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The experts warn extended school closures in early 2021 are likely to widen educational inequality.

Poorer pupils most likely to be away from school at the end of 2020, researchers tracking coronavirus learning loss have found

Poorer pupils were most likely to be away from school at the end of 2020, experts analysing the learning loss caused by coronavirus have found.

Local authority areas with the lowest proportions of children entitled to free school meals reported pupils on average had two missed days per pupil during the autumn term. This was 9.6 missed days in councils with the highest proportions of pupils entitled to free school meals.

At local authority level, each 10-percentage point increase in the proportion of pupils eligible for free school meals was associated with an extra 1.4 to 1.8 school days missed per pupil over the course of the autumn term.

The analysis, carried out as part of research funded by the Economic and Social Research Council, was conducted by Professor Lee Elliot Major from the University of Exeter and Andrew Eyles and Professor Stephen Machin from the Centre for Economic Performance at the London School of Economics.

The researchers also asked parents of school age children the extent to which they felt they had been able to make up for learning losses during the first lockdown. A total of 86 per cent among the top fifth of earners reported being able either to make up a little or a lot of the lost teaching hours compared to 29 per cent of the bottom fifth of earners.

The experts warn extended school closures in early 2021 are likely to widen educational inequality.

A total of 71 per cent of parents questioned by the researchers during September 2020 said they thought the long-term risks of not going back to school in the autumn term outweighed the benefits of limiting the spread of Covid-19.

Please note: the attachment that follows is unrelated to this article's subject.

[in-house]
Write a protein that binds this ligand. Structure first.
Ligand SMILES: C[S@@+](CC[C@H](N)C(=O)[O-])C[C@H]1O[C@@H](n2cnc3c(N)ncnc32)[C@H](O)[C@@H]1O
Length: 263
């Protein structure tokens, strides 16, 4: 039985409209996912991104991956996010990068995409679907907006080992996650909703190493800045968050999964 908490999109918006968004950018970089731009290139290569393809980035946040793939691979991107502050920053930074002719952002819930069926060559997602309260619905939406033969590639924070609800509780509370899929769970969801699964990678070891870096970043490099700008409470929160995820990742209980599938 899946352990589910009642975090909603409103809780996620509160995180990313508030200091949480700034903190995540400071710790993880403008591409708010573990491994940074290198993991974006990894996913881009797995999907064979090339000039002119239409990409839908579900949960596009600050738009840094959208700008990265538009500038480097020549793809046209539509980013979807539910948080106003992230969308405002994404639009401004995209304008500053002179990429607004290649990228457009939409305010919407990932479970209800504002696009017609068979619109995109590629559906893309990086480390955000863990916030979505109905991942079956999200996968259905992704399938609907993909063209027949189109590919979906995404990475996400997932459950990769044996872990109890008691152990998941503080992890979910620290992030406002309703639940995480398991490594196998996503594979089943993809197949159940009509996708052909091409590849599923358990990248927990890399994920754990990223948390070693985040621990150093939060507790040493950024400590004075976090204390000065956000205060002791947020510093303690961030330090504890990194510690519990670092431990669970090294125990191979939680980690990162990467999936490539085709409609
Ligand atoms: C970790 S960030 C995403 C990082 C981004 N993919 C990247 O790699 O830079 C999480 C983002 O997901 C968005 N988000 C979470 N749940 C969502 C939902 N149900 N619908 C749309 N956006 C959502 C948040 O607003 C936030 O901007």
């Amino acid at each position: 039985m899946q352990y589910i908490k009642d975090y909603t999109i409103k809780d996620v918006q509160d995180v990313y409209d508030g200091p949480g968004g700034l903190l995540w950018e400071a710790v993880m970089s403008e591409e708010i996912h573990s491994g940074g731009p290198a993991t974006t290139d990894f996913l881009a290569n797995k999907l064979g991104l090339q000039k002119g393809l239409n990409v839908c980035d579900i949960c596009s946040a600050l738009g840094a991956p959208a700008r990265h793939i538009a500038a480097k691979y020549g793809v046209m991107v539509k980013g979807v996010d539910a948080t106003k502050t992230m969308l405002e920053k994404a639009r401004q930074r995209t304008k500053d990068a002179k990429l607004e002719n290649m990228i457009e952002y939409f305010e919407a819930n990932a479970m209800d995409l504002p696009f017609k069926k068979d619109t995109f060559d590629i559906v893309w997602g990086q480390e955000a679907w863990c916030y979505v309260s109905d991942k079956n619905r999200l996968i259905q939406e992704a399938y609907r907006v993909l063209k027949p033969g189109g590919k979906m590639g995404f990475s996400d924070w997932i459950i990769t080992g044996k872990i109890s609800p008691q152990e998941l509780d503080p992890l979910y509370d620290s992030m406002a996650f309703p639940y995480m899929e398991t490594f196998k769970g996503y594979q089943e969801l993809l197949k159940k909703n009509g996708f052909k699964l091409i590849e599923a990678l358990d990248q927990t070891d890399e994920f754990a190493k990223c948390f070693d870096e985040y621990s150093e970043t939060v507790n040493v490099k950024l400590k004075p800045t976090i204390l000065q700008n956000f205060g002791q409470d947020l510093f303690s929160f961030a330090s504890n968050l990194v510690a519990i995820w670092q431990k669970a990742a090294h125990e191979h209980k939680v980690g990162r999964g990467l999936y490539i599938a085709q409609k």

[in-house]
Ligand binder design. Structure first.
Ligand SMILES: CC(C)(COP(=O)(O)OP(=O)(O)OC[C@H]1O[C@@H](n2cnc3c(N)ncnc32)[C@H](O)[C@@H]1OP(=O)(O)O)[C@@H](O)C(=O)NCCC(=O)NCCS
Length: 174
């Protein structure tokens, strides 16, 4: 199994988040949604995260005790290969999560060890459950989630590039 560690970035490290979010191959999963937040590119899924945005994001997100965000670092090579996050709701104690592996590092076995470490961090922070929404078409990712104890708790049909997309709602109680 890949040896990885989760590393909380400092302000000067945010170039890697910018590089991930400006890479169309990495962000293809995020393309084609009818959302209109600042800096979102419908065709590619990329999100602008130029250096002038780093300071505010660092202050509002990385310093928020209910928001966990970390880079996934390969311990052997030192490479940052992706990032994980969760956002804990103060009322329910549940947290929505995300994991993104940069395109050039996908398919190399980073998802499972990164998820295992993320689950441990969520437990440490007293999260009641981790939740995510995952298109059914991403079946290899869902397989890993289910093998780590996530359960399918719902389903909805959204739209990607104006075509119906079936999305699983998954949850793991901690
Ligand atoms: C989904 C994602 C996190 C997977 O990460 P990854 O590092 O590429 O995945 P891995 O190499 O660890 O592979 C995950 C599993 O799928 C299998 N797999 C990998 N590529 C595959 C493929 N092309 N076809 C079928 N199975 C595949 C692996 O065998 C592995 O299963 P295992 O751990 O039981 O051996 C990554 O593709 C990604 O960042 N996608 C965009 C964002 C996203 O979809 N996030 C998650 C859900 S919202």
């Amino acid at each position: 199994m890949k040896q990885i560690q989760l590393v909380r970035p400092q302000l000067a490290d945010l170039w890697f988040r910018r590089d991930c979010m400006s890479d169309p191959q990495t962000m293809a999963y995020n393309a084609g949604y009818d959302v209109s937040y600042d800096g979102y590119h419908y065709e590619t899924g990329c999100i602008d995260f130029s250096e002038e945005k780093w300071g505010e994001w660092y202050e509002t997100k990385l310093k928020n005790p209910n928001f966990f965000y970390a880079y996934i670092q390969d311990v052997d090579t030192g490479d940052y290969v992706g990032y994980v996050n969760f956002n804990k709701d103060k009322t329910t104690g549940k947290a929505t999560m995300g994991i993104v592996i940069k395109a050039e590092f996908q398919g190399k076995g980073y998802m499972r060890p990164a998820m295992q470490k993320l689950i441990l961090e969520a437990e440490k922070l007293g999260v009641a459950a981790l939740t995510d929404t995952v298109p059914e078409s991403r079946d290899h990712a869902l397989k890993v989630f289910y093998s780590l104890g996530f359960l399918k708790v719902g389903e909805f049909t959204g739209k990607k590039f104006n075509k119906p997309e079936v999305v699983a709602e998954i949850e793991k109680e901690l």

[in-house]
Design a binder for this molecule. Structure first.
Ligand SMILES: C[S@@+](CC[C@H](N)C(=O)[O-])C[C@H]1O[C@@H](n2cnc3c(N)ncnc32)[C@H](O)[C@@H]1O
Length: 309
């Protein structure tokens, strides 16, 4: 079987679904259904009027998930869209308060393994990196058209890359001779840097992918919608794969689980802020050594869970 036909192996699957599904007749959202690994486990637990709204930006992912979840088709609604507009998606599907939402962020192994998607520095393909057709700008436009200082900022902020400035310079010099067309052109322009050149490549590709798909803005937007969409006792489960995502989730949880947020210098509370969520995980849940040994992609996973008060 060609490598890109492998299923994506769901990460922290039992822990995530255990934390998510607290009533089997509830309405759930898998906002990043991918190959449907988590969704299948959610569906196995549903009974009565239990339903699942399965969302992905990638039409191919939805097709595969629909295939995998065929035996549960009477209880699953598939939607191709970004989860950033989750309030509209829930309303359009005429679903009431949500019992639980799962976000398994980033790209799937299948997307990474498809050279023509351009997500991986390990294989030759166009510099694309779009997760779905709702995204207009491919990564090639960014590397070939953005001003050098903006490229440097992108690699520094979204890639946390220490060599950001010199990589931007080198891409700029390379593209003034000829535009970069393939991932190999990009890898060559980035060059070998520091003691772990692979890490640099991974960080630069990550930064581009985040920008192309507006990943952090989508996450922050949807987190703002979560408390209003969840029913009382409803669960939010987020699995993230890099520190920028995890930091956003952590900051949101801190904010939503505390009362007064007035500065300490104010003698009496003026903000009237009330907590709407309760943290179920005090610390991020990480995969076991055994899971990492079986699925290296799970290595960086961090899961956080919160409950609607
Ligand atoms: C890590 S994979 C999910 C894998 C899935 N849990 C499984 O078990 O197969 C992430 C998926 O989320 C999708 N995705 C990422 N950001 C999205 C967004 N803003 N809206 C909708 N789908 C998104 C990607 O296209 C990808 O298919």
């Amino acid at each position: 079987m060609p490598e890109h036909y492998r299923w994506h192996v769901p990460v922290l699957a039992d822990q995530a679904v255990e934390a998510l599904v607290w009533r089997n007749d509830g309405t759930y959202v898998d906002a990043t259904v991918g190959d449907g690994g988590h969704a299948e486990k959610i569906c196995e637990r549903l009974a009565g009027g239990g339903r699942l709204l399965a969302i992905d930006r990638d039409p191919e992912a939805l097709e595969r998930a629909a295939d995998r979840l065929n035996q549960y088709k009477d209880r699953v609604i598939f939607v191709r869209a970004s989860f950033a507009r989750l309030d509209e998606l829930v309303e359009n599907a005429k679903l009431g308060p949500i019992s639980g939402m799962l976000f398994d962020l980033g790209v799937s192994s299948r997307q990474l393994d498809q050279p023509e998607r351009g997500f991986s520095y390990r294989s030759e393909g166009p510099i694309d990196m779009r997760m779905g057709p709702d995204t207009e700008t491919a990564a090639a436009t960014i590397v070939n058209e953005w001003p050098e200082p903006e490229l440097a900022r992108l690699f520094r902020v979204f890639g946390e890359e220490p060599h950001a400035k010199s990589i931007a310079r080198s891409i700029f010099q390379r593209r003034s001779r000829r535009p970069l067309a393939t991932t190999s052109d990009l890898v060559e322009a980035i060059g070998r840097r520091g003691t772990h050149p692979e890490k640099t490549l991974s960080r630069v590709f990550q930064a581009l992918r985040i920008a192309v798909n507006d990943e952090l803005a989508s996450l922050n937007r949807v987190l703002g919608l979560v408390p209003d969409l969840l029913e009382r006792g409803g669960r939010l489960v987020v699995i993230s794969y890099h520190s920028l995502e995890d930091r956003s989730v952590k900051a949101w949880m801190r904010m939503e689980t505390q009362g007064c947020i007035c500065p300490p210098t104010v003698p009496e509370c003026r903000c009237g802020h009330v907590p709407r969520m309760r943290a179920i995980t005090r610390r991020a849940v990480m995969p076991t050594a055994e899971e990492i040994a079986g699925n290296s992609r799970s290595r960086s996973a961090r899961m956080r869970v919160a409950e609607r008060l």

The researchers suggest one option for GCSE and A-level students this year would be to create a one-off special flagging system alongside exam grades, however they are assessed this year, to identify pupils who have been most seriously affected by Covid-19. Universities, colleges and employers would take their extenuating circumstances into account when judging the grades.

Another, more radical, option would be to allow flexibility so pupils could repeat a whole school year if they wanted. The experts support a national tutoring service but warn the current Government backed national tutoring programme is not of the scale needed to address current inequalities.

Mr Eyles said: “There is widespread public support for keeping schools open and reforming exams to make them fairer. Unless pupils are given extra support, the prospects for both absolute and relative social mobility are bleak, with young people likely to do less well than their parents.

Professor Elliot Major said: “Closing schools is one of the most difficult decisions that governments have had to make in their efforts to halt the spread of Covid-19. It is right to consider this as cases peak again, but ministers should also be aware of unequal and long-term damage that learning losses could have on the nation’s children.”

Date: 6 January 2021

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